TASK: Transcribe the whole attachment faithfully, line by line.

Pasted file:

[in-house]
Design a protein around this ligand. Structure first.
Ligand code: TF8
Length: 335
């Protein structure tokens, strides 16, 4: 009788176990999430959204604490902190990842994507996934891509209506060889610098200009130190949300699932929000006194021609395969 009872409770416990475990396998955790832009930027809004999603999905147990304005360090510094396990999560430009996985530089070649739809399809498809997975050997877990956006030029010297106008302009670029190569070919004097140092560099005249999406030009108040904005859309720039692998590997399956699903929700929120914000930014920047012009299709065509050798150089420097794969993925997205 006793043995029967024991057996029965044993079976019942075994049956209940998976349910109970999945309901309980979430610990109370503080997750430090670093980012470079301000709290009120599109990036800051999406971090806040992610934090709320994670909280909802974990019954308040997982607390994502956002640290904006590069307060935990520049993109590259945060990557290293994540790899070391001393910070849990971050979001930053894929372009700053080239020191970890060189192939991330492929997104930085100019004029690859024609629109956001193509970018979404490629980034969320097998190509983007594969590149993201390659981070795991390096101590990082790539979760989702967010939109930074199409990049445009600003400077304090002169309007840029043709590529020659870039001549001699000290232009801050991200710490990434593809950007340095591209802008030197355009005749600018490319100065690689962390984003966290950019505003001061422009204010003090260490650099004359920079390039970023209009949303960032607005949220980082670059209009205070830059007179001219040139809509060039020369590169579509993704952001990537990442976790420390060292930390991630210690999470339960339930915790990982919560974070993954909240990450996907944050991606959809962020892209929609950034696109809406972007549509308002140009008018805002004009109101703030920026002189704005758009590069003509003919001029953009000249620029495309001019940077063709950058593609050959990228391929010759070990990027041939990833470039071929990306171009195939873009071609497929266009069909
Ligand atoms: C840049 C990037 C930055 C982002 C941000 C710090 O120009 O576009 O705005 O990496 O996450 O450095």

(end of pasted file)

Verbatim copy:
[in-house]
Design a protein around this ligand. Structure first.
Ligand code: TF8
Length: 335
């Protein structure tokens, strides 16, 4: 009788176990999430959204604490902190990842994507996934891509209506060889610098200009130190949300699932929000006194021609395969 009872409770416990475990396998955790832009930027809004999603999905147990304005360090510094396990999560430009996985530089070649739809399809498809997975050997877990956006030029010297106008302009670029190569070919004097140092560099005249999406030009108040904005859309720039692998590997399956699903929700929120914000930014920047012009299709065509050798150089420097794969993925997205 006793043995029967024991057996029965044993079976019942075994049956209940998976349910109970999945309901309980979430610990109370503080997750430090670093980012470079301000709290009120599109990036800051999406971090806040992610934090709320994670909280909802974990019954308040997982607390994502956002640290904006590069307060935990520049993109590259945060990557290293994540790899070391001393910070849990971050979001930053894929372009700053080239020191970890060189192939991330492929997104930085100019004029690859024609629109956001193509970018979404490629980034969320097998190509983007594969590149993201390659981070795991390096101590990082790539979760989702967010939109930074199409990049445009600003400077304090002169309007840029043709590529020659870039001549001699000290232009801050991200710490990434593809950007340095591209802008030197355009005749600018490319100065690689962390984003966290950019505003001061422009204010003090260490650099004359920079390039970023209009949303960032607005949220980082670059209009205070830059007179001219040139809509060039020369590169579509993704952001990537990442976790420390060292930390991630210690999470339960339930915790990982919560974070993954909240990450996907944050991606959809962020892209929609950034696109809406972007549509308002140009008018805002004009109101703030920026002189704005758009590069003509003919001029953009000249620029495309001019940077063709950058593609050959990228391929010759070990990027041939990833470039071929990306171009195939873009071609497929266009069909
Ligand atoms: C840049 C990037 C930055 C982002 C941000 C710090 O120009 O576009 O705005 O990496 O996450 O450095």